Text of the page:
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Steaming fountain skyscraper sculpture

Not as nice as [bungston]'s original, but useful
  (+33, -2)(+33, -2)(+33, -2)
(+33, -2)
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Start with a skyscraper that is wide at the bottom and tapers slowly to a point at the top. Make sure it's located near plenty of cheap water. Add a fountain at the top, and have the water trickle down all of the sides.

This should provide significant cooling, and have the additional advantage of looking like a giant shimmering fountain sculpture.

Worldgineer, Jun 21 2005

Boiling fountain skyscraper sculpture [bungston]'s idea that inspired this one. [Worldgineer, Jun 21 2005]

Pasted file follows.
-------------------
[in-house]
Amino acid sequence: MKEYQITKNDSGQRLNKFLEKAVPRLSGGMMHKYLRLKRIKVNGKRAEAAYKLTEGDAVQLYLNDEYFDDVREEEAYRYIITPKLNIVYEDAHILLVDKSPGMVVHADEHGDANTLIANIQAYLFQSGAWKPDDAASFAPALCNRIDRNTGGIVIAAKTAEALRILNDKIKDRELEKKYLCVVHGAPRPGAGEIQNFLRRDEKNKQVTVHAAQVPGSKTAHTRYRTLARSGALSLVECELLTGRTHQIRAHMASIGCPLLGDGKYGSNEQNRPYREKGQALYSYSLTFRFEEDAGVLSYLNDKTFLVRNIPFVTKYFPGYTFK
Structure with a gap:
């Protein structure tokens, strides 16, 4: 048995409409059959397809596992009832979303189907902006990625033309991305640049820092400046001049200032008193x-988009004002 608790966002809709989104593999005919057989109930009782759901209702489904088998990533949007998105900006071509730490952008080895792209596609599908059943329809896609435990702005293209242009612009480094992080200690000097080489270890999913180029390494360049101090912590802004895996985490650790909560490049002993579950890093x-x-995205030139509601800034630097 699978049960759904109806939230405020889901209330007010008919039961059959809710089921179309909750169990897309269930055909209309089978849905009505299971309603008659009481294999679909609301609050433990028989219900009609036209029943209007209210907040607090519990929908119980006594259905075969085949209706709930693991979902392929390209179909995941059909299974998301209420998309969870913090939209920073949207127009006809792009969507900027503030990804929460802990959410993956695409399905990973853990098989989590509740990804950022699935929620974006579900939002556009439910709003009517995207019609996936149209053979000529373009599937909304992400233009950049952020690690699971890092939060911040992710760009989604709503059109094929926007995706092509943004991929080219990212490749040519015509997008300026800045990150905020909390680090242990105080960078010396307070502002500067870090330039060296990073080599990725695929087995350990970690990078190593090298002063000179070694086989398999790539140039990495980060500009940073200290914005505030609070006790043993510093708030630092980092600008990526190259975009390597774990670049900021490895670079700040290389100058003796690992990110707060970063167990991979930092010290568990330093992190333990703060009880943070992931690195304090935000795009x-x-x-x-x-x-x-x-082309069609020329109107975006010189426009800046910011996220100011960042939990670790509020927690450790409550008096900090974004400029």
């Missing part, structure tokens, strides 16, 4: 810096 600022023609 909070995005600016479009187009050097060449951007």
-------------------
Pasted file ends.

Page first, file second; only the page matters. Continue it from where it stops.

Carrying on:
(?) Roof Sprinklers http://www.pnl.gov/...tecap/whitecap.html
For [bacon] [Worldgineer, Jun 27 2005]

(?) Swamp cooler http://www.sahra.ar...ons/home/cooler.htm
Another way to use water evaporation to cool things. [bungston, Jun 27 2005]

The Shard, London http://www.google.c...AQ&biw=1280&bih=905
Perhaps the ambient conditions wouldn't suit Worldgineer's calcs! [gnomethang, Jun 30 2011]

[link]






       Aside from the easy access to water, I suppose the pyramids would be a good subject.
hidden truths, Jun 21 2005
  

       soak all the smokers hanging around at the bottom.
po, Jun 21 2005
  

       Wonder what it would cost to operate the pump.
bristolz, Jun 21 2005
  

       You'd be saving on air conditioning energy (chiller energy, pump energy, fan energy), so this may even cost less.
Worldgineer, Jun 21 2005
  

       Could you use some kind of slow-acting solar heat pump? I don't even know what that would entail...